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Newborn Screening ACT Sheet

[Elevated C14:1 +/- other long-chain Acylcarnitines]
Very Long-Chain Acyl-CoA Dehydrogenase (VLCAD) Deficiency

Differential Diagnosis: : Very long-chain acyl-CoA dehydrogenase (VLCAD) deficiency.

Condition Description: VLCAD deficiency is a fatty acid oxidation (FAO) disorder. Fatty acid oxidation occurs during prolonged fasting and/or periods of increased energy demands (fever, stress), when energy production relies increasingly on fat metabolism. In a FAO disorder, fatty acids and potentially toxic derivatives accumulate because of a deficiency in one of the mitochondrial FAO enzymes.

YOU SHOULD TAKE THE FOLLOWING ACTIONS:

  • Contact family to inform them of the newborn screening result and ascertain clinical status (poor feeding, vomiting, lethargy).
  • Consult with pediatric metabolic specialist.
  • Evaluate the newborn (poor feeding, lethargy, hypotonia, hepatomegaly, arrhythmia, evidence of cardiac decompensation). If signs are present or infant is ill, initiate emergency treatment with IV glucose and oxygen. Transport to hospital for further treatment in consultation with metabolic specialist. If infant is normal initiate timely confirmatory/diagnostic testing, as recommended by specialist.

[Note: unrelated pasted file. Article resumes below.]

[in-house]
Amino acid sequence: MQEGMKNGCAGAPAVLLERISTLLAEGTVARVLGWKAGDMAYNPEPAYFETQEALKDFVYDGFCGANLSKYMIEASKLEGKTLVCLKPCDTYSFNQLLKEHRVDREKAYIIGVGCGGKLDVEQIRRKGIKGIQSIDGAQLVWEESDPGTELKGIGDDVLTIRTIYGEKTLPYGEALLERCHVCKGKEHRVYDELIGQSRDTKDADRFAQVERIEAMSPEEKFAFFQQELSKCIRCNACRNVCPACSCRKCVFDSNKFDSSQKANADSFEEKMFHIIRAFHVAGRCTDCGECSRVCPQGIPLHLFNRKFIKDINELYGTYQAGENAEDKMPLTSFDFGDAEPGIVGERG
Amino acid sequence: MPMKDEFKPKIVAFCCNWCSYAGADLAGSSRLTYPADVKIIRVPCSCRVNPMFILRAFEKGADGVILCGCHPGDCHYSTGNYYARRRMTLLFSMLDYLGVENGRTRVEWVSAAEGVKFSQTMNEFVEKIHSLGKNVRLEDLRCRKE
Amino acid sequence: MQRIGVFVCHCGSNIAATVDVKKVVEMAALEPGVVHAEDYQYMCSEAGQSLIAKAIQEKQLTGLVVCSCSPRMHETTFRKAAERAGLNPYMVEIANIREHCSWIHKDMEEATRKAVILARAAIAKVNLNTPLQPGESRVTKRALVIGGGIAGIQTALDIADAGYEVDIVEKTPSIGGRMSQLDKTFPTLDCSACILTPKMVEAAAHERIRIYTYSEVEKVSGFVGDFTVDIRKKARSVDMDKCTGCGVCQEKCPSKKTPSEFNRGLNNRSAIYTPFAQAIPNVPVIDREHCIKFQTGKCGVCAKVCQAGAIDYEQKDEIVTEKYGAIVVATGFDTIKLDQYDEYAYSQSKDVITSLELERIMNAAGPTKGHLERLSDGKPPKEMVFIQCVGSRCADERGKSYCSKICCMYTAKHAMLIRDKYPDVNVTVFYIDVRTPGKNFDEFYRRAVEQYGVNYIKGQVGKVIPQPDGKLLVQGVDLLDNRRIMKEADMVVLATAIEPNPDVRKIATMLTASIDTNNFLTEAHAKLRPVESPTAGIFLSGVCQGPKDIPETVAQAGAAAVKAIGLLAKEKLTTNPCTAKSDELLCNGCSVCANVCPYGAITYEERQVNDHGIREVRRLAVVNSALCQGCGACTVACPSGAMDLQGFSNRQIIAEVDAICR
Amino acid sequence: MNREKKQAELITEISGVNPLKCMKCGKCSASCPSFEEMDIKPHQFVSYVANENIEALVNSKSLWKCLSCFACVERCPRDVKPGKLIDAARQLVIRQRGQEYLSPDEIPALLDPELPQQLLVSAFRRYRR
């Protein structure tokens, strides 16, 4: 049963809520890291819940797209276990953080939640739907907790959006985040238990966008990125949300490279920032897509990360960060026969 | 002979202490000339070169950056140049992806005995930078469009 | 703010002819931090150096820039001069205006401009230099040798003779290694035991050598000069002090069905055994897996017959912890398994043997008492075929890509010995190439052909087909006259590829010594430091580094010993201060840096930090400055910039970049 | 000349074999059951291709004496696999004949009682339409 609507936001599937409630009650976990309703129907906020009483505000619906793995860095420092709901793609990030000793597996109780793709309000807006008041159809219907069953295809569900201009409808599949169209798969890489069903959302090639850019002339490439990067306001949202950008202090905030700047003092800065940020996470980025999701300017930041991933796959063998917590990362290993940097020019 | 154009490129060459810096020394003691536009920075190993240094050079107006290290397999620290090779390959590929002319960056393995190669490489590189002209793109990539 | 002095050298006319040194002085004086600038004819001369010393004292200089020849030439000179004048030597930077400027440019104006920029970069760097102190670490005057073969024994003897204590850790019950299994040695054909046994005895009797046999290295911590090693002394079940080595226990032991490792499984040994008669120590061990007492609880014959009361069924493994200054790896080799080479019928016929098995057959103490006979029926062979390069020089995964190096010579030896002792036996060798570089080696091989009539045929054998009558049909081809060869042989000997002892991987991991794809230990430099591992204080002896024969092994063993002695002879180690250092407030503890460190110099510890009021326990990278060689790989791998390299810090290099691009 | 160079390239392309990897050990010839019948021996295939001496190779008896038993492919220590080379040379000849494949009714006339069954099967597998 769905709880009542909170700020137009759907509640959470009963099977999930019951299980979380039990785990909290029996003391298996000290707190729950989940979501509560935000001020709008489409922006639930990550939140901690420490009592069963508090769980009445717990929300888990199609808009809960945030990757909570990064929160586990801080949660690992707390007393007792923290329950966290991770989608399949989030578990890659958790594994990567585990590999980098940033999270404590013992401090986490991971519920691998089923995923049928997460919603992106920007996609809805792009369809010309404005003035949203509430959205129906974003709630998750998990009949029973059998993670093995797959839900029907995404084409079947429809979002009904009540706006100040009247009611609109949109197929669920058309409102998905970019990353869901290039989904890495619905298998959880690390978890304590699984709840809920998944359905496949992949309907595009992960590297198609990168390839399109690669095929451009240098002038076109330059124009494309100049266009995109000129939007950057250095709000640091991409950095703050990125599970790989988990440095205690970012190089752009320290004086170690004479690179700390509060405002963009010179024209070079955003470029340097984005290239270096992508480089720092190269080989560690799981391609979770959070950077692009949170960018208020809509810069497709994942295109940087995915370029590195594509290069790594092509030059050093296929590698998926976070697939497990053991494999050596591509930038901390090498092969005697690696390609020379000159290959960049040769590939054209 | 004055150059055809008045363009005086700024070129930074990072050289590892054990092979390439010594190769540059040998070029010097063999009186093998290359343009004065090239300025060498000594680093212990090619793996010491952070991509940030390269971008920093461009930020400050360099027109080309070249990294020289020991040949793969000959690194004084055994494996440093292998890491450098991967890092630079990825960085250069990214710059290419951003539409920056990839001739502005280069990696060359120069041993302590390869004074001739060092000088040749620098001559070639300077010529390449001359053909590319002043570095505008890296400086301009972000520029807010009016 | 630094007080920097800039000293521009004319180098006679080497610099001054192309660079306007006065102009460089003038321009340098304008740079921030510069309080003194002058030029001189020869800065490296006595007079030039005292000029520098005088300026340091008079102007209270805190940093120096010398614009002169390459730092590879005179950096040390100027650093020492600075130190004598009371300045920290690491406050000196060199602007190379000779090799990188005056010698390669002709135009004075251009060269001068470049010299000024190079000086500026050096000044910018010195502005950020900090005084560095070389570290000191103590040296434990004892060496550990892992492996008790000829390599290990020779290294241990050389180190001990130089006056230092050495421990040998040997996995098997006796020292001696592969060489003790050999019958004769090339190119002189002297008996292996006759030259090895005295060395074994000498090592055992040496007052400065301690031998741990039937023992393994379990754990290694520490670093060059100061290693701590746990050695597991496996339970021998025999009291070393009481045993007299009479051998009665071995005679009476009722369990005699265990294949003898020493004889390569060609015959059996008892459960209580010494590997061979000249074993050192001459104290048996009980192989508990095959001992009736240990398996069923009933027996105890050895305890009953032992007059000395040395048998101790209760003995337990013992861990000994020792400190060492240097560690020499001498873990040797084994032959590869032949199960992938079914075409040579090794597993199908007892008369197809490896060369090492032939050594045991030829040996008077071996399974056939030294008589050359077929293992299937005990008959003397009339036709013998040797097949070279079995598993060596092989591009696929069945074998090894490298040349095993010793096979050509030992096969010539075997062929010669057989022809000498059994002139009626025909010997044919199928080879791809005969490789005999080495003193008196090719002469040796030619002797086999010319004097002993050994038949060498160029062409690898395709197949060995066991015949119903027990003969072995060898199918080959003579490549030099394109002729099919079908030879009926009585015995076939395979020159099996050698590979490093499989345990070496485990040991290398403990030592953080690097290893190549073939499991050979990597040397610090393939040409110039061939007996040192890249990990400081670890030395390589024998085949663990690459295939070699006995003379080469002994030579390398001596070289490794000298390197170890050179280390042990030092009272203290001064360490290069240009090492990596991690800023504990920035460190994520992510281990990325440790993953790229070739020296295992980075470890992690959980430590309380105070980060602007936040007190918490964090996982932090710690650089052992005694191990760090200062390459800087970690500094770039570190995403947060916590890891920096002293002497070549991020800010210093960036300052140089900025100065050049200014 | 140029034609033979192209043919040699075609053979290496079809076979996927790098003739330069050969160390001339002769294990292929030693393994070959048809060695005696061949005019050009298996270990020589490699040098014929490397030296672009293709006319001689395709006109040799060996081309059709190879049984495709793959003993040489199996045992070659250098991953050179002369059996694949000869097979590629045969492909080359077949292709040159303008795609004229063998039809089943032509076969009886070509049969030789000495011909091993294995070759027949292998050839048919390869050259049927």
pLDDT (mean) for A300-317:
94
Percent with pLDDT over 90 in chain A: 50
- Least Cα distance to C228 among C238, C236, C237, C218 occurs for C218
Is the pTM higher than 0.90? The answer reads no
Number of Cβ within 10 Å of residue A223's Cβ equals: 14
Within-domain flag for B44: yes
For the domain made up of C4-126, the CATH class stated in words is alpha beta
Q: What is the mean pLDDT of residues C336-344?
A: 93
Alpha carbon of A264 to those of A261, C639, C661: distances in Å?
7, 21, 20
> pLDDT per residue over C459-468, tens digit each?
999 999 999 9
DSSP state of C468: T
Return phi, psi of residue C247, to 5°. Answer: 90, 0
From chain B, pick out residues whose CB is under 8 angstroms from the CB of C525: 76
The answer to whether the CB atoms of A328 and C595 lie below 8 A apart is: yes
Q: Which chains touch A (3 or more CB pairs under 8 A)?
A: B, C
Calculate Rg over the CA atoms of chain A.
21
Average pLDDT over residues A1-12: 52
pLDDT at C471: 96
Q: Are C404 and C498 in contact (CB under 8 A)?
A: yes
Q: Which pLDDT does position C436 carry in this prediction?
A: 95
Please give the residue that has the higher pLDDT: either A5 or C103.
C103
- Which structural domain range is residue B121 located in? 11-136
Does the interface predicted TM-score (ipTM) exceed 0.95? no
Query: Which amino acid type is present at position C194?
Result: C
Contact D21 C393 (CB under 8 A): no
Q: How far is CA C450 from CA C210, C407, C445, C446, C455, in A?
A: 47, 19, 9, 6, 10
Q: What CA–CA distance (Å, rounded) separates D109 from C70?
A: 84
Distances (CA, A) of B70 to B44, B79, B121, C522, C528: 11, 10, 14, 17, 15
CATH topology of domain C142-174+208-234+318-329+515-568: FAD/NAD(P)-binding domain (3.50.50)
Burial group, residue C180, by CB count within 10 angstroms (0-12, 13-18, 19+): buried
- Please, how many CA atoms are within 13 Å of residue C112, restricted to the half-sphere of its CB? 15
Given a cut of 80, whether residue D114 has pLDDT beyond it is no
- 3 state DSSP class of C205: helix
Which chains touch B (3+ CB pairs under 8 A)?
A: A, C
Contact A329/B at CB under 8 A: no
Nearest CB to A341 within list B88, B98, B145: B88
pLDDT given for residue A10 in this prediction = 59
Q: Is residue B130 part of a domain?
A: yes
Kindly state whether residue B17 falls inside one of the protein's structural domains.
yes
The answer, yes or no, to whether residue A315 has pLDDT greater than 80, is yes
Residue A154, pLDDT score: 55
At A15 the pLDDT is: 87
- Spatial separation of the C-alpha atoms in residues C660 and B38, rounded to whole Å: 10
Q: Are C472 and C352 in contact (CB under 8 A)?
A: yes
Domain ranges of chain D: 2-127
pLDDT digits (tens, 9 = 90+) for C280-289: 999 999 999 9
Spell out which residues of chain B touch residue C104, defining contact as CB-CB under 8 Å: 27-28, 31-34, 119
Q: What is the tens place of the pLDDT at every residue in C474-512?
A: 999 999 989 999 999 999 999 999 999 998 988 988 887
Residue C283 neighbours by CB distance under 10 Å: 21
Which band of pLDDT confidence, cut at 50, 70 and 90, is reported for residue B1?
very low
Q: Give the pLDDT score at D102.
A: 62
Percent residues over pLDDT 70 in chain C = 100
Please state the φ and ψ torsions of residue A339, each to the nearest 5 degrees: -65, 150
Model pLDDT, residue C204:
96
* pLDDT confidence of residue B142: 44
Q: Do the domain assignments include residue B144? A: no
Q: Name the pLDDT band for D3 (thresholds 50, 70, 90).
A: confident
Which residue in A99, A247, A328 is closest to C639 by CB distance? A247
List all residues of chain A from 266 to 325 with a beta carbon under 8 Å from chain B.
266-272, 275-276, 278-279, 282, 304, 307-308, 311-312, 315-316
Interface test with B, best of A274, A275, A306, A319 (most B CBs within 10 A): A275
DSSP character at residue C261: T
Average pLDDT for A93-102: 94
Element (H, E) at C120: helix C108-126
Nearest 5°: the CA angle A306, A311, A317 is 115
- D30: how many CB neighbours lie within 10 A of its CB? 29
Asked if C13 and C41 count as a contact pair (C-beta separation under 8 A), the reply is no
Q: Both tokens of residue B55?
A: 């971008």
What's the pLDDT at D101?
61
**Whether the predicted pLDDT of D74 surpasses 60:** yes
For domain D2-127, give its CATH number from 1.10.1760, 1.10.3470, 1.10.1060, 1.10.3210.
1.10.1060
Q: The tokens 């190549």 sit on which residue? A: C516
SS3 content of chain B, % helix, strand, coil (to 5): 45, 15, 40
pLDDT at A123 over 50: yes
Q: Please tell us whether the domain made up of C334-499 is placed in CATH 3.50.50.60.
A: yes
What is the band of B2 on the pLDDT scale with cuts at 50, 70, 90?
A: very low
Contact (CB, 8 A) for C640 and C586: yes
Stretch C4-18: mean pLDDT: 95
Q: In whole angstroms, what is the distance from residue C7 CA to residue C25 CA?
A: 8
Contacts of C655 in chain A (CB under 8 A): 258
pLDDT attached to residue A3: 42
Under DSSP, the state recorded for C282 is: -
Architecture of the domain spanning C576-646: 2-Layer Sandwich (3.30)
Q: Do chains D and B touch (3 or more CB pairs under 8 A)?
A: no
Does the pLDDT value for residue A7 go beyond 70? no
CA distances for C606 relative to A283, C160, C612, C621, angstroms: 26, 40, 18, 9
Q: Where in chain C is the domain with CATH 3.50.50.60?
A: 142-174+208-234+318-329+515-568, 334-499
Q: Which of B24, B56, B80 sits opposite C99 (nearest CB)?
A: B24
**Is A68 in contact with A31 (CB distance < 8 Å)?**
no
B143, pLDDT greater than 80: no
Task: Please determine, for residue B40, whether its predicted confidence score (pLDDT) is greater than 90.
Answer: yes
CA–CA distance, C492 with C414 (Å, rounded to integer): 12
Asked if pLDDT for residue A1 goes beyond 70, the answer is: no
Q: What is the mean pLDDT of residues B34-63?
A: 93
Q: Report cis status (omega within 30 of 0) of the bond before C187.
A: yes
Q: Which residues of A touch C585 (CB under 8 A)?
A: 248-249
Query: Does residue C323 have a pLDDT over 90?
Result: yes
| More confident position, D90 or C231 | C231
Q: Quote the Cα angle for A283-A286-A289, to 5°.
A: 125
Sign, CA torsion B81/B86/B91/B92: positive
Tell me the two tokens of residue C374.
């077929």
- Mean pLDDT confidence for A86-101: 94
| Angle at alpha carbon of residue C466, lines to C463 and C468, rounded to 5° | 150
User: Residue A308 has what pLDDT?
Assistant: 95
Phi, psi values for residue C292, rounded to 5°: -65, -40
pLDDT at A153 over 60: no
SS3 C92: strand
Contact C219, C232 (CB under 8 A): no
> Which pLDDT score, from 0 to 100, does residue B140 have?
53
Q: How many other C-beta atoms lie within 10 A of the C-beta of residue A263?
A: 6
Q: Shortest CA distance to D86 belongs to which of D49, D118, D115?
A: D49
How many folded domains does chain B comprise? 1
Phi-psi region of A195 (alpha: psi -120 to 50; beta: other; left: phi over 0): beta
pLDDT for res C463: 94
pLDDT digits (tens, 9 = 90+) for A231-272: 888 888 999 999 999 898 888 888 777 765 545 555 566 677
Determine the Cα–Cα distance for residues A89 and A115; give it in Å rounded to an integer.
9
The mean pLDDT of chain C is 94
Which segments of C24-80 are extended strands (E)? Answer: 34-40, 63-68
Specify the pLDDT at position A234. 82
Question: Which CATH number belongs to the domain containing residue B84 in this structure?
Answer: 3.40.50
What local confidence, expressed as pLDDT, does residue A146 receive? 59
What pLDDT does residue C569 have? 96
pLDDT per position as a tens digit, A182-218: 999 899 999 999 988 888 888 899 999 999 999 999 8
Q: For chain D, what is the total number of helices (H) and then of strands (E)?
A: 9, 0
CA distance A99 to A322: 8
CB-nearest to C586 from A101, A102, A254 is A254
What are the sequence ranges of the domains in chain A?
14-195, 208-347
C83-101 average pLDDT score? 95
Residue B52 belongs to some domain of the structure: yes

• Educate family about need for infant to avoid fasting. If the infant becomes even mildly ill (poor feeding, vomiting, or lethargy), immediate treatment with IV glucose is needed.
  • Report findings to newborn screening program.


Diagnostic Evaluation:

Plasma acylcarnitine profile may show increased C14:1 acylcarnitine (and lesser elevations of other long chain acylcarnitines). Diagnosis is confirmed in consultation with the metabolic specialist by mutation analysis of the VLCAD gene and additional biochemical genetic tests.

Clinical Considerations:

VLCAD deficiency may present acutely in the neonate and is associated with high mortality unless treated promptly; milder variants exist. Features of severe VLCAD deficiency in infancy include hepatomegaly, cardiomyopathy and arrhythmias, lethargy, hypoketotic hypoglycemia, and failure to thrive. Treatment is available.

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